BBQ Health and Safety

BBQ Health & Safety

Summer is just around the corner and BBQs are being dusted off ready for some parties and good cooking. It makes sense at this time of the year to raise some of the issues around BBQ health and safety and not just the obvious.

In the last few years as BBQing has grown in popularity and “innovations” have occurred, there have been noticeable references to health and safety when using BBQs, especially BBQs that use charcoal or wood. People are people and many of us learn by trial and error but as reports into safety and health issues increase, a do and do not set of rules when BBQing is becoming easier to create and more necessary. Many of the points are pure common sense but common sense has a habit of flying out the window when it comes to summer and having a few drinks with food cooked outdoors.

BBQ: It’s an outdoor Thing

BBQing is an outdoor thing. Sure, there are purpose-built BBQs that can be used indoors, and gas BBQs are ok to use. However, when using a real fire or charcoal burning BBQ indoors there are some simple rules. The simple rules are one golden rule, and it is VENTILATE. Carbon Monoxide is a silent and invisible killer and charcoal can create lots of it in an unventilated space.

Barbecuing indoors needs to be done properly with the correct equipment and set up in a manner designed for an indoor BBQ. Just bringing your BBQ into the garage or even into the lounge (yes, some people do) is not good enough if the truth is to be told. Despite many BBQ manufacturers claiming that their equipment can be used indoors it is not recommended. A bit of smoke indoors may seem like a fun thing at the time, but it can be a killer.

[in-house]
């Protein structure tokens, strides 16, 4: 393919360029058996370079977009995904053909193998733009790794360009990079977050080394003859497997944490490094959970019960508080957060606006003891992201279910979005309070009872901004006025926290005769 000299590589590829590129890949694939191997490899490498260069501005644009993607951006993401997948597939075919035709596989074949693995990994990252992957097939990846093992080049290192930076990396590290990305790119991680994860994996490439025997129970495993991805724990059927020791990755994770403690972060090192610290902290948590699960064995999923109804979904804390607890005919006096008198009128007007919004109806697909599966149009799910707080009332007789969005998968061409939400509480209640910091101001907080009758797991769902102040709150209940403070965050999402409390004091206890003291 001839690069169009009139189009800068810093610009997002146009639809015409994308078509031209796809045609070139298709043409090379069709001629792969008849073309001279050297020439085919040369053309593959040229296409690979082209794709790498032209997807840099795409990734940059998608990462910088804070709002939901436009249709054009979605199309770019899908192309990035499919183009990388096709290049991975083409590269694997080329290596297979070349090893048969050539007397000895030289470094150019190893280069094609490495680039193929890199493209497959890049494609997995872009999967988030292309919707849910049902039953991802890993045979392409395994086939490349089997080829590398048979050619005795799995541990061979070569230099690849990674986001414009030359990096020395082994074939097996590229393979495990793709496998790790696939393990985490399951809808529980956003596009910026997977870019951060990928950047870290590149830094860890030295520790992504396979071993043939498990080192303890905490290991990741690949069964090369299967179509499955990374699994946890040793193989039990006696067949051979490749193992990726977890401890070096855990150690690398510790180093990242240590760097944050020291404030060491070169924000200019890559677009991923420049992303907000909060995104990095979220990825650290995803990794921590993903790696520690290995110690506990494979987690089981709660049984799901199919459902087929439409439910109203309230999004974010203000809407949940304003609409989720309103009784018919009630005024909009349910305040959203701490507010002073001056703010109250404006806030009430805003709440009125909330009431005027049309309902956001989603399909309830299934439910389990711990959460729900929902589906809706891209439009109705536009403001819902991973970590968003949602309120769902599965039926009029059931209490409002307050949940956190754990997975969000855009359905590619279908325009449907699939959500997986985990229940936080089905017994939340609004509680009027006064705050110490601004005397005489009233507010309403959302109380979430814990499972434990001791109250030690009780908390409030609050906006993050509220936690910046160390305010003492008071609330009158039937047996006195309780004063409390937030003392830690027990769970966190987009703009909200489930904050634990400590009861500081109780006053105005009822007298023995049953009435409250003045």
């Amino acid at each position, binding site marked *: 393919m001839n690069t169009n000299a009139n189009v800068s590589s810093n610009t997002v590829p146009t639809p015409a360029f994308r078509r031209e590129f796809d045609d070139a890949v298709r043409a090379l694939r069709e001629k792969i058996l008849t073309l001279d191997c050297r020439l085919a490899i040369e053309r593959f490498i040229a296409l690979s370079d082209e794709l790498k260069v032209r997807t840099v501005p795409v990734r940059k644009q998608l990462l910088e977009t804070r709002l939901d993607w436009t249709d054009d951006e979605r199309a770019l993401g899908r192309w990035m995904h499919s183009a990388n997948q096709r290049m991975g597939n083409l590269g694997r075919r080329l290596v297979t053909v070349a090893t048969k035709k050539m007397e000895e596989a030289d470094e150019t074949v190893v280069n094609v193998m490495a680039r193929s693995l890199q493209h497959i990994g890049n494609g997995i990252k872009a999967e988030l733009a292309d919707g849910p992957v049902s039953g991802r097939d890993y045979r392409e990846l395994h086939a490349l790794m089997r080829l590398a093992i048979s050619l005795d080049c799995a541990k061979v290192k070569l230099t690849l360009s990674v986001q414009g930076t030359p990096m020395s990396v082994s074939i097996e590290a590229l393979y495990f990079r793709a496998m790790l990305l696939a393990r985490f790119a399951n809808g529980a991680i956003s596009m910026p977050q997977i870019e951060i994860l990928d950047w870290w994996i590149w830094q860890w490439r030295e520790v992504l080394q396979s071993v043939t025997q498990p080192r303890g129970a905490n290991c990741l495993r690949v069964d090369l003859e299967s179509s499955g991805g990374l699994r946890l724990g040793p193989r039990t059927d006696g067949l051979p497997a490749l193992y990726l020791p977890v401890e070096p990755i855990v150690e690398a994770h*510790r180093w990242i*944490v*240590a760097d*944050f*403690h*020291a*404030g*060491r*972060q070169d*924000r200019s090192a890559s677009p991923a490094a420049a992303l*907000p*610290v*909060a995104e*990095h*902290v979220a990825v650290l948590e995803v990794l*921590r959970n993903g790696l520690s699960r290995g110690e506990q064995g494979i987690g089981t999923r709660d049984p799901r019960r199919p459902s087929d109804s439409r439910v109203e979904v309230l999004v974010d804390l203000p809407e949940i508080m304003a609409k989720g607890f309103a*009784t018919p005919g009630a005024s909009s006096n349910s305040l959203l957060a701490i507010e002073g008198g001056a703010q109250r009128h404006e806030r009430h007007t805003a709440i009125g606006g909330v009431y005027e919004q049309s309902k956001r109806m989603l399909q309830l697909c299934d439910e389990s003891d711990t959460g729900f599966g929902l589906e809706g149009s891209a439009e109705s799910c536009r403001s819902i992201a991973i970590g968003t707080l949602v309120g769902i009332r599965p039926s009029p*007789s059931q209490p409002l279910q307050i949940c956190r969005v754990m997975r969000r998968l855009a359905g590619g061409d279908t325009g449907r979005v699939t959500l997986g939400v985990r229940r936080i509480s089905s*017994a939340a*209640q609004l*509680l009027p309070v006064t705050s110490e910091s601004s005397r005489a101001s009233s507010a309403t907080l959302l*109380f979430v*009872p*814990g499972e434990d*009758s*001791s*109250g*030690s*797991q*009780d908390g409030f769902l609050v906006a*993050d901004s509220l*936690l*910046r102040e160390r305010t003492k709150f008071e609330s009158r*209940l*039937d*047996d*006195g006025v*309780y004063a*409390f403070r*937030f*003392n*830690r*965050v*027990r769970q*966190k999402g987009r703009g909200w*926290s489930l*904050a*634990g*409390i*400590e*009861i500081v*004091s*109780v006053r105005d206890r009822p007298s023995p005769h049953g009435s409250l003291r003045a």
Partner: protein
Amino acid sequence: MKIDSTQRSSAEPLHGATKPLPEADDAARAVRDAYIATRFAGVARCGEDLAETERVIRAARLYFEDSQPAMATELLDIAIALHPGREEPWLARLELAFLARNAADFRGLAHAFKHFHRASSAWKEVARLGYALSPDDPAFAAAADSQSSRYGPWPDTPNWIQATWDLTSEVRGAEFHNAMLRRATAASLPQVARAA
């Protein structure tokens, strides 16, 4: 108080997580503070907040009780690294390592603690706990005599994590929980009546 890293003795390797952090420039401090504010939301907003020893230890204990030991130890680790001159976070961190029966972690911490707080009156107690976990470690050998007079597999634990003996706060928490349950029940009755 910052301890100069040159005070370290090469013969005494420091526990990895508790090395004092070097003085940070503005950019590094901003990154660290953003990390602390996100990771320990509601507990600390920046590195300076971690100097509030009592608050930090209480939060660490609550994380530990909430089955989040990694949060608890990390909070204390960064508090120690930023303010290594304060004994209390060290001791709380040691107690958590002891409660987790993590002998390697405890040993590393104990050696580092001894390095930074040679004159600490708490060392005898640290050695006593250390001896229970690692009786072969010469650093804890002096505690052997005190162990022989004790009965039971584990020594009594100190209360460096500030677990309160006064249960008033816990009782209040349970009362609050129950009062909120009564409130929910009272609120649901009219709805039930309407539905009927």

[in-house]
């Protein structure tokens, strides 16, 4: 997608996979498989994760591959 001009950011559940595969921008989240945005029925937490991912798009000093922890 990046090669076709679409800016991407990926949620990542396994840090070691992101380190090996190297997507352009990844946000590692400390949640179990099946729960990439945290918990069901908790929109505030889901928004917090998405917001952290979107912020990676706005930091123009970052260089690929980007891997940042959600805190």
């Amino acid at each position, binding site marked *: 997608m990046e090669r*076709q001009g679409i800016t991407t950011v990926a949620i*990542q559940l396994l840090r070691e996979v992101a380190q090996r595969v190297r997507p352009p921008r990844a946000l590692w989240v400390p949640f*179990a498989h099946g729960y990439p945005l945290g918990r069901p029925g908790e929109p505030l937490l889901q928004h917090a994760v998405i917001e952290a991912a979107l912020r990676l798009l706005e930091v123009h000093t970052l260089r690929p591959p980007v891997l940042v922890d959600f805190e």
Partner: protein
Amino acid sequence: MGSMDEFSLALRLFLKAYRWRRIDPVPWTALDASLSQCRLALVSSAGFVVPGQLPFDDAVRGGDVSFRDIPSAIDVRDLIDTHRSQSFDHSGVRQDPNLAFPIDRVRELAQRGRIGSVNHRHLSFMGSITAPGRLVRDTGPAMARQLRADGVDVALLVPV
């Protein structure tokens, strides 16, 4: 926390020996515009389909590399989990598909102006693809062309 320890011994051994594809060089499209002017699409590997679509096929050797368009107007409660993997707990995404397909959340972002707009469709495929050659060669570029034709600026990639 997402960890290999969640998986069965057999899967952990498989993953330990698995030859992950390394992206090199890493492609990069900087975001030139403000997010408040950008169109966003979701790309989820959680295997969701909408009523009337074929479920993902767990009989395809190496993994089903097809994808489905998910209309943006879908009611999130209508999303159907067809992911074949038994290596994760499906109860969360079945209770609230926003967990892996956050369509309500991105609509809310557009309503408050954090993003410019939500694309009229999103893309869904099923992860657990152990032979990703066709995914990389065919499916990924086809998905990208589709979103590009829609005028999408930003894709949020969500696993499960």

Basic BBQ Safety

Every year many people get injured at BBQs. Very often every accident is preventable and nearly always an accident happens because basic BBQ safety has been ignored. A Barbecue, especially charcoal or real fire barbecues are dangerous pieces of equipment. Anything hot where people are milling around can soon become a lethal weapon and just saying “accidents happen” really is not good enough. Every year hundreds of BBQ related sources produce BBQ safety guidelines and they do so for a very good reason.

When lighting a Barbecue there are some common-sense basics that must be adhered to:

  • Never light a barbecue inside a garage or indoor space unless the grill is fully ventilated – even then don’t do it!
  • Keep the barbecue at least 10 feet away from your house, fences, hanging branches or anything flammable – use your eyes and think!
  • Always make sure your barbecue is on level ground and has a stable base – create a designated space for your barbecue.
  • Light your barbecue safely, ideally with a long match or mechanical lighter specific for barbecues.
  • Don’t wear loose clothing – sounds crazy but things happen!

Once your barbecue is a light and heating up you can soon get cooking. Once again when you are cooking there are some safety tips you need to consider. These include: